a class of all present, prospective, and future female students who are harmed by and want to end [Quinnipiac University's] sex discrimination in: (1) the allocation of athletic participation opportunities; (2) the allocation of athletic financial assistance; and (3) the allocation of benefits provided to varsity athletes. They also file this action on behalf of females who are deterred from enrolling at [Quinnipiac] because of the sex discrimination in its athletic program, including its failure to offer the varsity sports in which they want to participate (despite [Quinnipiac's] failure to provide equal athletic participation opportunities to females).To grant the plaintiff's motion to certify a class, the judge had to find that the class members were ascertainable (which is not the same as ascertained), too numerous to file as individual plaintiffs, must be similarly affected by the legal questions raised in the case, and that class members interests will be adequately represented by the named plaintiffs. Not surprisingly, the judge found that the Quinnipiac plaintiffs satisfied this standard.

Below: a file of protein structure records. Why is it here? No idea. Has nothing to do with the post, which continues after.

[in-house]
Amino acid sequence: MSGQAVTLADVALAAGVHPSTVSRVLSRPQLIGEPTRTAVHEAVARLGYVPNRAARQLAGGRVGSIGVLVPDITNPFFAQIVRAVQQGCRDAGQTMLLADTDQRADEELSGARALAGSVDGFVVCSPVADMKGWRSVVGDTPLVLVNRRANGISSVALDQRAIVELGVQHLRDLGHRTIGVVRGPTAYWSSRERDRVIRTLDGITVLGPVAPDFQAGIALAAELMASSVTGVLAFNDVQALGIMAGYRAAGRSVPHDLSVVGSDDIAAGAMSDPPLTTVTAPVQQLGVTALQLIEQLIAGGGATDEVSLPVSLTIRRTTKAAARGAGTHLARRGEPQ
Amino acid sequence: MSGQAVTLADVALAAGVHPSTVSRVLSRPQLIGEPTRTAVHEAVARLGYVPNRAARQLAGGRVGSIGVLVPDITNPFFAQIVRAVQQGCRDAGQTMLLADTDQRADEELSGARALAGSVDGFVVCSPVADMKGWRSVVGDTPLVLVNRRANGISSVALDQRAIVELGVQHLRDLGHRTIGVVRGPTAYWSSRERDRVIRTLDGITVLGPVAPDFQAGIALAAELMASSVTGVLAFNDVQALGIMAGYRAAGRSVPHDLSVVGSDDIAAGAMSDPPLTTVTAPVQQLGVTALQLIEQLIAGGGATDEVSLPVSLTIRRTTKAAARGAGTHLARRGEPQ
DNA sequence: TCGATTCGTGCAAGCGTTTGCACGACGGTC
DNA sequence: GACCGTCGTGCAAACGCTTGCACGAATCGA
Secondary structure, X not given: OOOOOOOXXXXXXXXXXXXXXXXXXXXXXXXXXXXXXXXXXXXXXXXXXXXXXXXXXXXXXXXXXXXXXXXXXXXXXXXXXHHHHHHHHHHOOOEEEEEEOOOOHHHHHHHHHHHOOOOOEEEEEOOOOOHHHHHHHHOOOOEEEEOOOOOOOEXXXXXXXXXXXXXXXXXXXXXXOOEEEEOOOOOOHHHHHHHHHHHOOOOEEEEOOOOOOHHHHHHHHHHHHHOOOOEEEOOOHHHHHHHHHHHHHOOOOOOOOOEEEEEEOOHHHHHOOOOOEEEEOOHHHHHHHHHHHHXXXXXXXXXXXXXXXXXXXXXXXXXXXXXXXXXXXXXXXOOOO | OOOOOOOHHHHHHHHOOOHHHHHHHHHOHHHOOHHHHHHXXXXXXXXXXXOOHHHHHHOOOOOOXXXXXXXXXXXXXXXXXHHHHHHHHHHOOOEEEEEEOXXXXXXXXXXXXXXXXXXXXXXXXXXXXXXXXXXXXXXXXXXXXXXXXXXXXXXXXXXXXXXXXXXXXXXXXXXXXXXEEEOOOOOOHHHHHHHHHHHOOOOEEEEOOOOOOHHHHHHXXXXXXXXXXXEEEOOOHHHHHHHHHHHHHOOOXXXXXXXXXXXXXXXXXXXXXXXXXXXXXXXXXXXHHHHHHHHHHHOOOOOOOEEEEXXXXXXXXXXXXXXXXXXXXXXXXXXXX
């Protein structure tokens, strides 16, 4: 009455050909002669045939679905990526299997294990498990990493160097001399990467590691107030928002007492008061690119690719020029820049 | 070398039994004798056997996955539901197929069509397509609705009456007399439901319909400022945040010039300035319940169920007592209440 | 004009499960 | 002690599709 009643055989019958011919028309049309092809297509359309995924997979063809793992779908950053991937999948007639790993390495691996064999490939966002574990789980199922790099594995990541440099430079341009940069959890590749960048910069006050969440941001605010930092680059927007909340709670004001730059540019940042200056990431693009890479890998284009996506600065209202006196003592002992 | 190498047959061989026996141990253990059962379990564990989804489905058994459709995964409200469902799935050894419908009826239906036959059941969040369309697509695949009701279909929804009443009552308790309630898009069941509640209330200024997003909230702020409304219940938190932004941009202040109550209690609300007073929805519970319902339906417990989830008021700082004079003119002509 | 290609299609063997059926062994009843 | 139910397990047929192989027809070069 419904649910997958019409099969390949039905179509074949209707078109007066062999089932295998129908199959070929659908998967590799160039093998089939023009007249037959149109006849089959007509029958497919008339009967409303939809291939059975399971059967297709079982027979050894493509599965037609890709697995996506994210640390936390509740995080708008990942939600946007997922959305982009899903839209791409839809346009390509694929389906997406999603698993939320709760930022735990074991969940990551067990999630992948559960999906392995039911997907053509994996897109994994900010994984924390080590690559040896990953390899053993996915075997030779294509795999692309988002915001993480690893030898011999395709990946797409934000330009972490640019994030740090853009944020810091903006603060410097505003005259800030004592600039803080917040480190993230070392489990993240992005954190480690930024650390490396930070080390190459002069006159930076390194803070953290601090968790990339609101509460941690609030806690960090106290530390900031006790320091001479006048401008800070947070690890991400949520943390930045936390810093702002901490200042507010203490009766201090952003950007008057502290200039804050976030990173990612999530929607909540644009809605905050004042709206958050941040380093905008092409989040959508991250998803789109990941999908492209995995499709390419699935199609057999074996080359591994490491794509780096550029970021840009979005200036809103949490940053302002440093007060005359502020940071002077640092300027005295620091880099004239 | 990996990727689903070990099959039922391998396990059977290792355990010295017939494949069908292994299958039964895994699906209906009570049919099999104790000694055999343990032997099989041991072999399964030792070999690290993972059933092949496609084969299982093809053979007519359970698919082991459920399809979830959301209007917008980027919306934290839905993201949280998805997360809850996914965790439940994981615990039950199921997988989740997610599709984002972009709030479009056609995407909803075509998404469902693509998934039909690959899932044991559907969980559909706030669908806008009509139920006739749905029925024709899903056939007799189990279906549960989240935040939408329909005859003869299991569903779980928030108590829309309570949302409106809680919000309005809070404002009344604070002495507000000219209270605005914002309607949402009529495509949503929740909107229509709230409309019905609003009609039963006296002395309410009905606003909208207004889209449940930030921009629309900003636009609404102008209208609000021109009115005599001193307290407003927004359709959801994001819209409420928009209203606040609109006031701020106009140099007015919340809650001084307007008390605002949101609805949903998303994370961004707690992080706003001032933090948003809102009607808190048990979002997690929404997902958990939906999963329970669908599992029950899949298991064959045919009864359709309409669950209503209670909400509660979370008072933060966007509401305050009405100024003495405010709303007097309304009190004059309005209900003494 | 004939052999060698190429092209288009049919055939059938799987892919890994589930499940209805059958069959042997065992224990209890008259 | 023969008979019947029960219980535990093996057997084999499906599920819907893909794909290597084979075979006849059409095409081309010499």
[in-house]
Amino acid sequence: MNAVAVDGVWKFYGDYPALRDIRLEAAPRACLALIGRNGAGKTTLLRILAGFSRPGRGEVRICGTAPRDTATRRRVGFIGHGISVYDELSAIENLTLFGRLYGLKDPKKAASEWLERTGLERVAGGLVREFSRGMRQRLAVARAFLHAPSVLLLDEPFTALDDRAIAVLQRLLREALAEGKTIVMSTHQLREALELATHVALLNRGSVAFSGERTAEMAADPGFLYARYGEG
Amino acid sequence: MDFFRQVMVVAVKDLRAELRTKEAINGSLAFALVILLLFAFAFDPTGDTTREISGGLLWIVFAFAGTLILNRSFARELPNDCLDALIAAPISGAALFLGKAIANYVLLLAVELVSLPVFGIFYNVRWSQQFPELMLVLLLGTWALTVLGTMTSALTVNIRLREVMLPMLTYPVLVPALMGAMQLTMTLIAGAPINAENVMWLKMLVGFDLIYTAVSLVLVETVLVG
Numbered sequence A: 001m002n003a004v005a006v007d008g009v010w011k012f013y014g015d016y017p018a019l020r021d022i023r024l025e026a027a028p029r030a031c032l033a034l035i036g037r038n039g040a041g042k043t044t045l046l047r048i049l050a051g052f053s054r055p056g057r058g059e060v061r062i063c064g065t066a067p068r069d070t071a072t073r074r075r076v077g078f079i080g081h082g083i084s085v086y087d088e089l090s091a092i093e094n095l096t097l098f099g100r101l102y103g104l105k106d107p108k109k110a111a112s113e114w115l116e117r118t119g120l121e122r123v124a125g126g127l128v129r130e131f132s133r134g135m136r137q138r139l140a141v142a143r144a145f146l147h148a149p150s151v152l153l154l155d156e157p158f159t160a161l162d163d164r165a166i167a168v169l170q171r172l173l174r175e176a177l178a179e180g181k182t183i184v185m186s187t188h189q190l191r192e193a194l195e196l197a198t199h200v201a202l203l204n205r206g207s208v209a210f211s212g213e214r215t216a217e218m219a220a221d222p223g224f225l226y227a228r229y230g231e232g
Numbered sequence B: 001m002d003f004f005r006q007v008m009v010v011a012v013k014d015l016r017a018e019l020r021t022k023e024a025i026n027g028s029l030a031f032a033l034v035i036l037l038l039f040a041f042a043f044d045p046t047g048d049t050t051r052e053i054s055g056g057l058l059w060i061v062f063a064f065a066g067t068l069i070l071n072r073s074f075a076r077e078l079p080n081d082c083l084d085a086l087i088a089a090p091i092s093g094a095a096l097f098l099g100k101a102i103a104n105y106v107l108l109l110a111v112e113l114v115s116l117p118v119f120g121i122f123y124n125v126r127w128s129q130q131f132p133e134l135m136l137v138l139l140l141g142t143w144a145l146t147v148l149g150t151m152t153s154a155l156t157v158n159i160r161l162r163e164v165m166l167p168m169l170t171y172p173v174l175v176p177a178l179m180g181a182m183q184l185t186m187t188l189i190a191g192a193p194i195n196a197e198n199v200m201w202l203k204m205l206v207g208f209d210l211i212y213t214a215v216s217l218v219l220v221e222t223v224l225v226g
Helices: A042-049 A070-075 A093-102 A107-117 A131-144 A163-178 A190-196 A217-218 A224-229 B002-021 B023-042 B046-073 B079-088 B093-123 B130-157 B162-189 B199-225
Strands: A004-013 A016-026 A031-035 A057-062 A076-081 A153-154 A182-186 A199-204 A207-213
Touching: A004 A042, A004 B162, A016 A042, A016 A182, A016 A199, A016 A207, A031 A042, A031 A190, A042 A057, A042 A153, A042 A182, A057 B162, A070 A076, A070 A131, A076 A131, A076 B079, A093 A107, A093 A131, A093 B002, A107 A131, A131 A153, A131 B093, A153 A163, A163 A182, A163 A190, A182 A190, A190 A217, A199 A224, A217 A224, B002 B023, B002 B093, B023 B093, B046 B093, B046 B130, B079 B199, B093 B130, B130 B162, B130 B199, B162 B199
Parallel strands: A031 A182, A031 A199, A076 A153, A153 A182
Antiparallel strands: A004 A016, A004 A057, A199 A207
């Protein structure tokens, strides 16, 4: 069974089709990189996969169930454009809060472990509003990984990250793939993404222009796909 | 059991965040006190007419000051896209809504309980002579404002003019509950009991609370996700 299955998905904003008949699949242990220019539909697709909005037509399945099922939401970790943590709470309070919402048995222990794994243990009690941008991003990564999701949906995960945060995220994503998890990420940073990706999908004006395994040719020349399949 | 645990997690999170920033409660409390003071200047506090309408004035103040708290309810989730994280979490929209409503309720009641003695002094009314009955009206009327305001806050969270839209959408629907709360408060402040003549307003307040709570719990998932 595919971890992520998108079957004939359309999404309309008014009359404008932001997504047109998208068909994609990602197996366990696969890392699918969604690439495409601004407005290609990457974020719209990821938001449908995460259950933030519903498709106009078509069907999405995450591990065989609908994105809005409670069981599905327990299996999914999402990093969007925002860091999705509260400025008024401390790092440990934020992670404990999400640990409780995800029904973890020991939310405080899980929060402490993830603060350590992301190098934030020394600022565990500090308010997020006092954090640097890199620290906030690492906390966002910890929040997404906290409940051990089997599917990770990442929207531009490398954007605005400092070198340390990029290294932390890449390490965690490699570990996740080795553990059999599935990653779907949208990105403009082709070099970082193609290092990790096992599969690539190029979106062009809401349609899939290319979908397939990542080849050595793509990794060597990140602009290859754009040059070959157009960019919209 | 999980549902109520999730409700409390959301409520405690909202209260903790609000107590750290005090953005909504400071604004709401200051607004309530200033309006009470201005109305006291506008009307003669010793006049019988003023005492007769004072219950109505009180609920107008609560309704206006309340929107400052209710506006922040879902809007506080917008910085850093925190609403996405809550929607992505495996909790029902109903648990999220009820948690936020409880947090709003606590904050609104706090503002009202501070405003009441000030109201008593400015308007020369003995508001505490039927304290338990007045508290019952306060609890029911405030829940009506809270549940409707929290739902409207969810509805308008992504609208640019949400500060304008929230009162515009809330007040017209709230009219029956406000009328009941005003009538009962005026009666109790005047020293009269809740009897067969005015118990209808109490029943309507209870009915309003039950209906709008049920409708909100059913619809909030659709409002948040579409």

Class actions are fairly common in Title IX cases. Cohen v. Brown was a class action, as was the female wrestlers' case against UC Davis and the female athletes' case against Slippery Rock (to name a couple). Class action posture helps ensure that the plaintiff's claims for prospective relief (such as a permanent injunction like the Quinnipiac players are seeking) doesn't become moot when the named plaintiffs graduate.
Next up in the Quinnipiac litigation is the bench trial, scheduled to begin on June 20.
The judge's order can be found at 2010 WL 2017773 (D. Conn. May 20, 2010)